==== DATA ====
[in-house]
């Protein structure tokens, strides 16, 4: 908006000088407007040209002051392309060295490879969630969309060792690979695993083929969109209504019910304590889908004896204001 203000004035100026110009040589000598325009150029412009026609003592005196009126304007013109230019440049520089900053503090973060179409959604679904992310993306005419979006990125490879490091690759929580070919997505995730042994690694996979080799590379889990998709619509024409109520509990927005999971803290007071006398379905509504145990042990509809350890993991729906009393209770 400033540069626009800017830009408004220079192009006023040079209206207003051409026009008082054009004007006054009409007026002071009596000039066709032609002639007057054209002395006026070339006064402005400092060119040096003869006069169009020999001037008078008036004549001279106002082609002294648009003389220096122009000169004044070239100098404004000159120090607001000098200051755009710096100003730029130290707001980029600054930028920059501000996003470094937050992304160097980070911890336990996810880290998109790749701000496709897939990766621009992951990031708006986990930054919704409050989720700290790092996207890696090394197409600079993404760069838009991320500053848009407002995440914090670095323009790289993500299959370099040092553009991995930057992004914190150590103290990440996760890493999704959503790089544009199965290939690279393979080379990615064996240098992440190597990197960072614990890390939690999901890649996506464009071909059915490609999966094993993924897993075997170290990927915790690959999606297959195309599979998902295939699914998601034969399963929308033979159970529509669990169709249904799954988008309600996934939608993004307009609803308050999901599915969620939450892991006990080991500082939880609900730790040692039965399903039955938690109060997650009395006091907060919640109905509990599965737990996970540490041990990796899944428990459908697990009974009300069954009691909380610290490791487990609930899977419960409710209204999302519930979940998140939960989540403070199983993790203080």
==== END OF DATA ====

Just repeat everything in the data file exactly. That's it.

[in-house]
């Protein structure tokens, strides 16, 4: 908006000088407007040209002051392309060295490879969630969309060792690979695993083929969109209504019910304590889908004896204001 203000004035100026110009040589000598325009150029412009026609003592005196009126304007013109230019440049520089900053503090973060179409959604679904992310993306005419979006990125490879490091690759929580070919997505995730042994690694996979080799590379889990998709619509024409109520509990927005999971803290007071006398379905509504145990042990509809350890993991729906009393209770 400033540069626009800017830009408004220079192009006023040079209206207003051409026009008082054009004007006054009409007026002071009596000039066709032609002639007057054209002395006026070339006064402005400092060119040096003869006069169009020999001037008078008036004549001279106002082609002294648009003389220096122009000169004044070239100098404004000159120090607001000098200051755009710096100003730029130290707001980029600054930028920059501000996003470094937050992304160097980070911890336990996810880290998109790749701000496709897939990766621009992951990031708006986990930054919704409050989720700290790092996207890696090394197409600079993404760069838009991320500053848009407002995440914090670095323009790289993500299959370099040092553009991995930057992004914190150590103290990440996760890493999704959503790089544009199965290939690279393979080379990615064996240098992440190597990197960072614990890390939690999901890649996506464009071909059915490609999966094993993924897993075997170290990927915790690959999606297959195309599979998902295939699914998601034969399963929308033979159970529509669990169709249904799954988008309600996934939608993004307009609803308050999901599915969620939450892991006990080991500082939880609900730790040692039965399903039955938690109060997650009395006091907060919640109905509990599965737990996970540490041990990796899944428990459908697990009974009300069954009691909380610290490791487990609930899977419960409710209204999302519930979940998140939960989540403070199983993790203080």